DPG Policy Brief

US-China Relations and the Balance of Power in the Indo-Pacific

Date: January 06, 2024
This is the second in a series of annual assessments by the DPG Senior Faculty of significant developments in the international arena during the year 2023. 

The US-China summit held in November 2023 marked a thaw in relations, rather than any attitudinal change.  This Policy Brief focuses on the strategic interests driving relations of the two major great power competitors, the US and China, together with their consequences and impact on the balance of power in the Indo-Pacific, as well as ramifications for India. 

The author defines China’s strategic goals that provide the central context of its relations with the US, including territorial expansion, undermining US global influence, and displacing US predominance in East and South East Asia.  However, despite its vigorous effort to assert and enhance regional influence, China faces important headwinds, including an economic downturn and challenges to Xi Jinping’s leadership.  While PLA modernisation to bring it on par with the US military capabilities in the Pacific is ongoing, questions are also rising about the state of the PLA morale and leadership.  Thus, China is in no position just yet to mount a frontal challenge to US global power. 

The US on its part recognises that it faces a complex environment that has the potential to undermine its global dominance, but believes that it has the requisite heft to constrain and contain the China challenge, together with that from Russia.  Nonetheless, the US is getting distracted from its core strategic concerns in the Indo-Pacific, even as it pursues a “cooperate, constrain and contain” strategy to deal with China.  This includes policies to restrict China’s economic rise and technological advancement, improving its own regional posture and that of its allies, and building a regional architecture revolving around a network of bilaterals and minilaterals.  This outlook excludes the Indian Ocean theatre of the Indo-Pacific, where India is the sole Quad partner facing China’s multi-dimensional challenge.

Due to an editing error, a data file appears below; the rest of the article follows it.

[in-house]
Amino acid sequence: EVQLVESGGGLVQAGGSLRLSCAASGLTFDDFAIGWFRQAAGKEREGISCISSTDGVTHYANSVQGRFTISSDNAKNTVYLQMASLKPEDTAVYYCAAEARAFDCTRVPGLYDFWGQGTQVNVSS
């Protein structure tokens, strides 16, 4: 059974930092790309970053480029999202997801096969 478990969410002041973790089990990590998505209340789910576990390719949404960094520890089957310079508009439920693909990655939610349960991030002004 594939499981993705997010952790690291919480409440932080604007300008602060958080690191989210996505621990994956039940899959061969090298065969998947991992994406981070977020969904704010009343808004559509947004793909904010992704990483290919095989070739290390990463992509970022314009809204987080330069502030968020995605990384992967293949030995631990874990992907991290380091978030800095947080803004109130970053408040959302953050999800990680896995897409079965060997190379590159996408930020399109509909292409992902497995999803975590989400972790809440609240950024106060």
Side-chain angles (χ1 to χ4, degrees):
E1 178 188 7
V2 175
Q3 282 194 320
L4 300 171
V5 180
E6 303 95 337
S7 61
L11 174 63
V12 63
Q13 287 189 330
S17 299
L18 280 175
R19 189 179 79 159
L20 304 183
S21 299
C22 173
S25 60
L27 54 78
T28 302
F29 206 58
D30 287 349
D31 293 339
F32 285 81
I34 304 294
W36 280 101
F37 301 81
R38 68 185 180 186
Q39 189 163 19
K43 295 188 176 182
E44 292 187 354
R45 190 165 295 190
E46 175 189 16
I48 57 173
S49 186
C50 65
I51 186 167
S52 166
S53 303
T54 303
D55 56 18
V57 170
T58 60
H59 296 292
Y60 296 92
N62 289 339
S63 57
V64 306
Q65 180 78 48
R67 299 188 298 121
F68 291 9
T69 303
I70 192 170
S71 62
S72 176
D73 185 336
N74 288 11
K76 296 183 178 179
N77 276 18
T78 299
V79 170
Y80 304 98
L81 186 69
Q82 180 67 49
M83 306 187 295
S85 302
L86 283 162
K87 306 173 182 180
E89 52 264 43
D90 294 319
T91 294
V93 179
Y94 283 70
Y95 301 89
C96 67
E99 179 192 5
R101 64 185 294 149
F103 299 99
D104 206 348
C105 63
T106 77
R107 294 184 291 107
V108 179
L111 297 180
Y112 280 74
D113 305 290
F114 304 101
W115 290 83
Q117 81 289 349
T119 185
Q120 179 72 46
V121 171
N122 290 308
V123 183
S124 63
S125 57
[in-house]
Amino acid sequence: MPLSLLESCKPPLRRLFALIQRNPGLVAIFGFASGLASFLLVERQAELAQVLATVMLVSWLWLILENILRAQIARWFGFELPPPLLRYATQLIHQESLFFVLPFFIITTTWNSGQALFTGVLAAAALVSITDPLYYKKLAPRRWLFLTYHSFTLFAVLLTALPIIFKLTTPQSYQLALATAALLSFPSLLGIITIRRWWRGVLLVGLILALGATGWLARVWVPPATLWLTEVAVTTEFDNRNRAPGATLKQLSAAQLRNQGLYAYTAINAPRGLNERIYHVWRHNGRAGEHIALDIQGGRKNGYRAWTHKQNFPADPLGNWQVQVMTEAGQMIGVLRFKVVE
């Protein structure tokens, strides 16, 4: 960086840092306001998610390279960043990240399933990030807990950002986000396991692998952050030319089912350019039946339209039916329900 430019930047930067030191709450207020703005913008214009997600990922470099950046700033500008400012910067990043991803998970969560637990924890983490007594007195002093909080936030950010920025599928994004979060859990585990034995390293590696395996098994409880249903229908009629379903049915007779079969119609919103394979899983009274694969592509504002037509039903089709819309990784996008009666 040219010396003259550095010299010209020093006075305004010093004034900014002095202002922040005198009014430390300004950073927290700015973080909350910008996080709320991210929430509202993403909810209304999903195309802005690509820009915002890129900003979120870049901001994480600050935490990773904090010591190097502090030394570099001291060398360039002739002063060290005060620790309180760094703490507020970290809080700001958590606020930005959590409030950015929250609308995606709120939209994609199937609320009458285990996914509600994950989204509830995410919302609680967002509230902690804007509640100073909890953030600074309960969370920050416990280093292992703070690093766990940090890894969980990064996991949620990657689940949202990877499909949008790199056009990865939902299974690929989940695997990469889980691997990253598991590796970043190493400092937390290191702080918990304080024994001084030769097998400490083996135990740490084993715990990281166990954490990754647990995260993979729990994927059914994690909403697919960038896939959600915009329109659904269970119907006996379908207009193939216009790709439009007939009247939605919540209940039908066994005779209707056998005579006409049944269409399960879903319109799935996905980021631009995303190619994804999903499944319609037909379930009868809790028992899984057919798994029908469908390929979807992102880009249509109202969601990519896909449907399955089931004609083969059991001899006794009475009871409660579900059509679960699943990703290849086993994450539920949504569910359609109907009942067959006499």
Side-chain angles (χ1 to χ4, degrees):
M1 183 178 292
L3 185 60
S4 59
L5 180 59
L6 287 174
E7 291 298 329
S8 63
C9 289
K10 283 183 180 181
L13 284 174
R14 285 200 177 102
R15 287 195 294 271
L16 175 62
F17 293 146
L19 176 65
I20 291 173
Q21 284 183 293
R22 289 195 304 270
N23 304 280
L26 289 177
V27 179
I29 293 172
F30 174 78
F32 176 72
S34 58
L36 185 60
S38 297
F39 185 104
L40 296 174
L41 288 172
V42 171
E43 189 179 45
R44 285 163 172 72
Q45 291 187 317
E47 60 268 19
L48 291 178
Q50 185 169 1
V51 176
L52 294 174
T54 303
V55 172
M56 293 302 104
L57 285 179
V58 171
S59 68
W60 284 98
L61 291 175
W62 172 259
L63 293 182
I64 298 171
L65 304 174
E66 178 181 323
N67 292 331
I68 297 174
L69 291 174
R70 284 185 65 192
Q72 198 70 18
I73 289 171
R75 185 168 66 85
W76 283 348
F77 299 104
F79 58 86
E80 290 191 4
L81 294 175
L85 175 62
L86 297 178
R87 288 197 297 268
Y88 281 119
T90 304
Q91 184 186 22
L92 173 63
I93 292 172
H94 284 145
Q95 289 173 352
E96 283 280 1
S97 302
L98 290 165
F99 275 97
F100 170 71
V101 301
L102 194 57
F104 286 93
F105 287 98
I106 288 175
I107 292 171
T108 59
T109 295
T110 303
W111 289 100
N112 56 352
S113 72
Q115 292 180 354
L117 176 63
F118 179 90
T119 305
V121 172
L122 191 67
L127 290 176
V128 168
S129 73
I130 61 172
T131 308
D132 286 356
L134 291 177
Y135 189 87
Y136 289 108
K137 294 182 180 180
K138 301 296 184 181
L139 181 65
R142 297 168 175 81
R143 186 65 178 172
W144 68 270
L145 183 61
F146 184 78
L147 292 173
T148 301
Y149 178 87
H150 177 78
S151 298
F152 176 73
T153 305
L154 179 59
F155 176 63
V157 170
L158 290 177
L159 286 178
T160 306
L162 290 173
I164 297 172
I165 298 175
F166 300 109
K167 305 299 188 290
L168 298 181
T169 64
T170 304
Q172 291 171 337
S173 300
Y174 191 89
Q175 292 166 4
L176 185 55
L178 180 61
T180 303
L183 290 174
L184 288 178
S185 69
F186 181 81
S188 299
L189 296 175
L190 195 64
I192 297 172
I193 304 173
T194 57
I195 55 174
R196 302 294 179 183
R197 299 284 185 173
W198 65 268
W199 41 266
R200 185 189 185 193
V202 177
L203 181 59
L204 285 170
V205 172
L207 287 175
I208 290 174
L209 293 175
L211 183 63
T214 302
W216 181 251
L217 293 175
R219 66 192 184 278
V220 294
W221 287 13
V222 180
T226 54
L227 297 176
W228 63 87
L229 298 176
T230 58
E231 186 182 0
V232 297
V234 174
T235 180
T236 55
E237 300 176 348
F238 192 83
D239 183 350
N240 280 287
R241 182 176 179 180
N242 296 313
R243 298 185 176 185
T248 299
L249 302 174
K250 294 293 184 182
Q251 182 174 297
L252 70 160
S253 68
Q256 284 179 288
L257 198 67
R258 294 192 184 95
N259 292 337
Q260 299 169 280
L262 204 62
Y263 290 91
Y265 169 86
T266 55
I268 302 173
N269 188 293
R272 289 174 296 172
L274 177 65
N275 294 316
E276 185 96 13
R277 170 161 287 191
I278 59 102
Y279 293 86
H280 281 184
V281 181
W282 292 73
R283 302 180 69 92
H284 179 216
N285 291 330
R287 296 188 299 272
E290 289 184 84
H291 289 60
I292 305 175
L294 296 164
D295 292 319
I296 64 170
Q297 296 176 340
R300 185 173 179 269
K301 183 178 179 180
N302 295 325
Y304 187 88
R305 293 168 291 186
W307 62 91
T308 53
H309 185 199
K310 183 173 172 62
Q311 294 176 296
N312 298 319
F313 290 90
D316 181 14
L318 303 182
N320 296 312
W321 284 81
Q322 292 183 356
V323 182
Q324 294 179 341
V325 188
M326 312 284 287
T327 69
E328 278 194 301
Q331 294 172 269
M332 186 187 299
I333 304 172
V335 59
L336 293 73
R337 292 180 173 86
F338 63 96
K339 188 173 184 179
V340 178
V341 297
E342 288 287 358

The author then goes on to assess the implications of the emerging power balance for the Indo-Pacific.  Here, he finds that as long as America remains enmeshed in conflicts elsewhere, its strategic focus is unlikely to fully shift to the Indo-Pacific, providing China a window of strategic opportunity to escalate coercive and grey zone activities both in East Asia and in India’s continental and maritime domains.  This scenario puts greater pressure on middle powers, particularly as uncertainty about US support grows.

With the tenuous balance of power prevailing in the Indo-Pacific, the US and its allies do not have the capacity to be part of meeting any India-specific security challenge.  It is imperative, therefore, for the US and India’s other Quad partners to rethink Indo-Pacific strategy.  It can no longer be a one front equation.  With little or no countervailing support, India must rapidly build up its economic, technological and military power.  There is an imperative need for the US to upgrade its operational priorities in the Indian Ocean region, and in the meanwhile to help India harness its capacities and capabilities similar to what the US is doing in East Asia.  Failing that, while India perceives the US as its most consequential partner, the security benefit it receives from the US will fall well short of reassurance. 

To read this Policy Brief Vol. IX, Issue 2, please click “US-China Relations and the Balance of Power in the Indo-Pacific”.